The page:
alexa Danish Mathematical Society

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Danish Mathematical Society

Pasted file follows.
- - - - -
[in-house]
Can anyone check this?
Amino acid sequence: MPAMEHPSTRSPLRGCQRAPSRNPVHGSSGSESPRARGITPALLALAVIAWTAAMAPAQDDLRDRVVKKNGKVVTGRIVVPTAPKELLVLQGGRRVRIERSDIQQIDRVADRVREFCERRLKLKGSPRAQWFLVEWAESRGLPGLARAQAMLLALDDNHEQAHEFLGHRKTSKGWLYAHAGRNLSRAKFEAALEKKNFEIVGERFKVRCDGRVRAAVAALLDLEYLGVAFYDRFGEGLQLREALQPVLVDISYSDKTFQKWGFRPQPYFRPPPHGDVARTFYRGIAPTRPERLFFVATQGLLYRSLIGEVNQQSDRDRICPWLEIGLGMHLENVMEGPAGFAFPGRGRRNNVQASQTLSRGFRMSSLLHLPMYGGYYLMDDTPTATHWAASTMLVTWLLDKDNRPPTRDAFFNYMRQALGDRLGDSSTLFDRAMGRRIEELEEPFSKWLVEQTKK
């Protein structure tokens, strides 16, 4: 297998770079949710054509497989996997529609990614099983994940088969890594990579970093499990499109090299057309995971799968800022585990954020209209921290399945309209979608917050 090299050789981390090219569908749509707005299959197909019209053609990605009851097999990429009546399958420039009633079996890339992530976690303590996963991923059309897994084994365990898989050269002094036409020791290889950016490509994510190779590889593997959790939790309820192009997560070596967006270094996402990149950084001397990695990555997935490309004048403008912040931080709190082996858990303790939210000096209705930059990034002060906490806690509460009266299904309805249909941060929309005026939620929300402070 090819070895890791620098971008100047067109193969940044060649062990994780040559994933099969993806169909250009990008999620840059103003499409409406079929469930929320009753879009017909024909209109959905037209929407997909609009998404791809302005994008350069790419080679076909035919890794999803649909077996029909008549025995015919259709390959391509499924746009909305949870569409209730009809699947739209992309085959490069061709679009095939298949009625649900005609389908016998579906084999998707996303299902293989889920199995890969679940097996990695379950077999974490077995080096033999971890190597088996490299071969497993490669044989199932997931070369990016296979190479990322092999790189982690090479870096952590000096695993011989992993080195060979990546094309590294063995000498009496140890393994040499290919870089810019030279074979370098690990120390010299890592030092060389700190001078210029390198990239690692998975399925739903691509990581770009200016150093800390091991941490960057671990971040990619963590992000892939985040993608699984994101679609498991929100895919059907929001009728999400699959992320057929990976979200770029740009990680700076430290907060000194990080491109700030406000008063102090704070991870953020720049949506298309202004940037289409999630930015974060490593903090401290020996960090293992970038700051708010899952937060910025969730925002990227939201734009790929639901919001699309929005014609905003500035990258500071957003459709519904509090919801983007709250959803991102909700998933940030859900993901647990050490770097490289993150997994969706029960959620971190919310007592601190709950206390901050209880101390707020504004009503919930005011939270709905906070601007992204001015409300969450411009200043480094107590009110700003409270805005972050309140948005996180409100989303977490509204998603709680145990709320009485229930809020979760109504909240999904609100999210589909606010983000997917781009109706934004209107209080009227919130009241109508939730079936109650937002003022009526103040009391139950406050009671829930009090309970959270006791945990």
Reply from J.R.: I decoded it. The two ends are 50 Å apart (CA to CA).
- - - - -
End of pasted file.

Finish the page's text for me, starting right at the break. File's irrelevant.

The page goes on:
The Danish Mathematical Society was established in 1873. It was not set up as the 'Danish Mathematical Society' but somewhat as the 'Mathematical Society'. The initiative for the creation of the Society came from Thiele and the first Board set up to run the Society comprised of Thiele, Zeuthen and Petersen. Now the Society was associated entirely with the University of Copenhagen. All of the three Board members were professors at the University of Copenhagen at the time the Society was created: Zeuthen had designate as an extraordinary professor of mathematics in 1871; Petersen held the chair of mathematics; and Thiele was professor in the field of astronomy. The Society arranged lectures but at first these were all given by members of the Society. It also set up a library of books and journals to help mathematical research in Denmark.  Mittag-Leffler was the first foreign speaker. The number of foreign speakers then grew and since 1921 an invitation was given every second year to a renowned mathematician to give a series of lectures. The first series was given in 1921 by Hilbert. The storm of World War II caused this lecture series to stop. On that year of 1921 the Society started thinking whether they should join the International Mathematical Union, but there was strong opponent at that time the Union was actively discriminating against mathematicians from countries on the losing side in World War I. Harald Bohr was one of the strongest opposition of the Society joining the Union because of its political stance and after heated argument, the Society decided that it would not join. There was a Danish mathematical journal, Matematisk Tidsskrift, which published before the Mathematical Society was founded. Matematisk Tidsskrift was founded in 1859 and Zeuthen became an editor in 1871. He maintained that role for 18 years. Shortly after he ended his editorial duties, the journal split into two portions in 1890. Series A is the published work on elementary mathematics, while series B published which was about advanced mathematical research. The Mathematical Society embraced the publication of these journals in 1919.

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